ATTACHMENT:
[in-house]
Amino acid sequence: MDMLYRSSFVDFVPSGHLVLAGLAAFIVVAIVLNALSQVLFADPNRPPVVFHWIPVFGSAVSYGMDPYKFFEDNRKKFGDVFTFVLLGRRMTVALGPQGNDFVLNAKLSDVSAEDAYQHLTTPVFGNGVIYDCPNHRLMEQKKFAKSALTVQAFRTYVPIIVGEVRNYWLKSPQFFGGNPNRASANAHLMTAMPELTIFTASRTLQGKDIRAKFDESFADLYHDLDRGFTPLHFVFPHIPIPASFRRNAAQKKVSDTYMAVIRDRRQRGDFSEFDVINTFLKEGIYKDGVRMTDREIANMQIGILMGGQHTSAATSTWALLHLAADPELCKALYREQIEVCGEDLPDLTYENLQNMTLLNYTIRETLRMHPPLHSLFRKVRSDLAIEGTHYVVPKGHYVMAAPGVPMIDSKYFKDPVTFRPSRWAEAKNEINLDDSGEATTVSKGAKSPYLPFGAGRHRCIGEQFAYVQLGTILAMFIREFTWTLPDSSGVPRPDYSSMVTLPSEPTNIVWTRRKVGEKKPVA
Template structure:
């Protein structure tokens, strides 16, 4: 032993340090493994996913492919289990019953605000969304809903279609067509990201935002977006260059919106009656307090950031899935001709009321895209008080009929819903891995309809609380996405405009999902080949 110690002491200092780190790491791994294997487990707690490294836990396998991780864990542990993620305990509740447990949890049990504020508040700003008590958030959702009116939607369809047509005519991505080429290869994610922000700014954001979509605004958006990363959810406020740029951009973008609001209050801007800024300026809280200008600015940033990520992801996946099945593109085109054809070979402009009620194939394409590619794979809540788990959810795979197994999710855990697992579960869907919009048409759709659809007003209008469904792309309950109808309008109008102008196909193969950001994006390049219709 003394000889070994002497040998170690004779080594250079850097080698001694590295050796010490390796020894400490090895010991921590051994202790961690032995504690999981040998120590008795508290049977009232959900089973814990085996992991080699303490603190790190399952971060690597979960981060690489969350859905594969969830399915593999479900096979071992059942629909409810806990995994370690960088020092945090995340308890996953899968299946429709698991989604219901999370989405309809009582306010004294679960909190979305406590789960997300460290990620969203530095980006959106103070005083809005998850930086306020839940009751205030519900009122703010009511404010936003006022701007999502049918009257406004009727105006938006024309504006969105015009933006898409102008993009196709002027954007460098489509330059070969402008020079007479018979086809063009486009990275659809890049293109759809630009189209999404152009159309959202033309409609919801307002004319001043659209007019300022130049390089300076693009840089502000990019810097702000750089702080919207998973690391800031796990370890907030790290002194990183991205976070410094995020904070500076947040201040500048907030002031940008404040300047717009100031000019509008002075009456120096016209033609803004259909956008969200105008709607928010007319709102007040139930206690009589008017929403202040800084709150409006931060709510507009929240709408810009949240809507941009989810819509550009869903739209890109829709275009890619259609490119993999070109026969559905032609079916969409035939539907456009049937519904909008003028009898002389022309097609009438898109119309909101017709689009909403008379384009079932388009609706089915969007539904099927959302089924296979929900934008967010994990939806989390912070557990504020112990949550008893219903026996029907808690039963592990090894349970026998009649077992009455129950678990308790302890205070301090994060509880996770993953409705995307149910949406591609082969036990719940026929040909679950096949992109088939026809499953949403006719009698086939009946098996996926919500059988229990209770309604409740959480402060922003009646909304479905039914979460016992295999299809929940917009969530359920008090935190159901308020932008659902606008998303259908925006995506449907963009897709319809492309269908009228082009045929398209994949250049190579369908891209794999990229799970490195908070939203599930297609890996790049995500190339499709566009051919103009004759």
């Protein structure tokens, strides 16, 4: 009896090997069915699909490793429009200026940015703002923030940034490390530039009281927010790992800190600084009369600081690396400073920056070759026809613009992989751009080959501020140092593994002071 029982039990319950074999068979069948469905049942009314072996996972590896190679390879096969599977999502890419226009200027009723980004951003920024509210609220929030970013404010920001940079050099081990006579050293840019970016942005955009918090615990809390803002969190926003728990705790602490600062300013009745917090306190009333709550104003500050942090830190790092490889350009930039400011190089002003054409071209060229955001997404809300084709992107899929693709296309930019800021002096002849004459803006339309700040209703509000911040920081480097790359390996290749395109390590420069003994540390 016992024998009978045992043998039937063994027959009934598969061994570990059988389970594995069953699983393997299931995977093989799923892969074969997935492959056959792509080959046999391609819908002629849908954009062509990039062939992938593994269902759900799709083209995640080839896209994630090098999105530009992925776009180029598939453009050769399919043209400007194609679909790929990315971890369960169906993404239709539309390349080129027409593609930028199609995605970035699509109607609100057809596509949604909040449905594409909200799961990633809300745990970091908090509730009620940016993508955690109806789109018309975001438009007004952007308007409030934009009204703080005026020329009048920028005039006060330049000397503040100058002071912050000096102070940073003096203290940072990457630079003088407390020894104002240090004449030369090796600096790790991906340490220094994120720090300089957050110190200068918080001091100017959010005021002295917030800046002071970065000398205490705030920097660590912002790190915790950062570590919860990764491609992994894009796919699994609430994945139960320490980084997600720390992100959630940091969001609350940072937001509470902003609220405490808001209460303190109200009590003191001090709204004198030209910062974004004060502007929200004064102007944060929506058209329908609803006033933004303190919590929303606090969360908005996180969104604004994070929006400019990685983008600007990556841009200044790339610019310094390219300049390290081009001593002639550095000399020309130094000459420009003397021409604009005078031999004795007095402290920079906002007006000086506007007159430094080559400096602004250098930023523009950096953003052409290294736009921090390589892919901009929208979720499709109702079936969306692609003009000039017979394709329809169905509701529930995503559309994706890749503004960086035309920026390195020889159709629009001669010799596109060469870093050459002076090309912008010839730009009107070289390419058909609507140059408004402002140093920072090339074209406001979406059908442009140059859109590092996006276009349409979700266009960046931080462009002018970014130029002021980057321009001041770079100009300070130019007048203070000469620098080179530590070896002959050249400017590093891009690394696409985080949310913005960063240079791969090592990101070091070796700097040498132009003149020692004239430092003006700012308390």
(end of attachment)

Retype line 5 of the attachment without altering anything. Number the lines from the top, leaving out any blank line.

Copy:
């Protein structure tokens, strides 16, 4: 009896090997069915699909490793429009200026940015703002923030940034490390530039009281927010790992800190600084009369600081690396400073920056070759026809613009992989751009080959501020140092593994002071 029982039990319950074999068979069948469905049942009314072996996972590896190679390879096969599977999502890419226009200027009723980004951003920024509210609220929030970013404010920001940079050099081990006579050293840019970016942005955009918090615990809390803002969190926003728990705790602490600062300013009745917090306190009333709550104003500050942090830190790092490889350009930039400011190089002003054409071209060229955001997404809300084709992107899929693709296309930019800021002096002849004459803006339309700040209703509000911040920081480097790359390996290749395109390590420069003994540390 016992024998009978045992043998039937063994027959009934598969061994570990059988389970594995069953699983393997299931995977093989799923892969074969997935492959056959792509080959046999391609819908002629849908954009062509990039062939992938593994269902759900799709083209995640080839896209994630090098999105530009992925776009180029598939453009050769399919043209400007194609679909790929990315971890369960169906993404239709539309390349080129027409593609930028199609995605970035699509109607609100057809596509949604909040449905594409909200799961990633809300745990970091908090509730009620940016993508955690109806789109018309975001438009007004952007308007409030934009009204703080005026020329009048920028005039006060330049000397503040100058002071912050000096102070940073003096203290940072990457630079003088407390020894104002240090004449030369090796600096790790991906340490220094994120720090300089957050110190200068918080001091100017959010005021002295917030800046002071970065000398205490705030920097660590912002790190915790950062570590919860990764491609992994894009796919699994609430994945139960320490980084997600720390992100959630940091969001609350940072937001509470902003609220405490808001209460303190109200009590003191001090709204004198030209910062974004004060502007929200004064102007944060929506058209329908609803006033933004303190919590929303606090969360908005996180969104604004994070929006400019990685983008600007990556841009200044790339610019310094390219300049390290081009001593002639550095000399020309130094000459420009003397021409604009005078031999004795007095402290920079906002007006000086506007007159430094080559400096602004250098930023523009950096953003052409290294736009921090390589892919901009929208979720499709109702079936969306692609003009000039017979394709329809169905509701529930995503559309994706890749503004960086035309920026390195020889159709629009001669010799596109060469870093050459002076090309912008010839730009009107070289390419058909609507140059408004402002140093920072090339074209406001979406059908442009140059859109590092996006276009349409979700266009960046931080462009002018970014130029002021980057321009001041770079100009300070130019007048203070000469620098080179530590070896002959050249400017590093891009690394696409985080949310913005960063240079791969090592990101070091070796700097040498132009003149020692004239430092003006700012308390």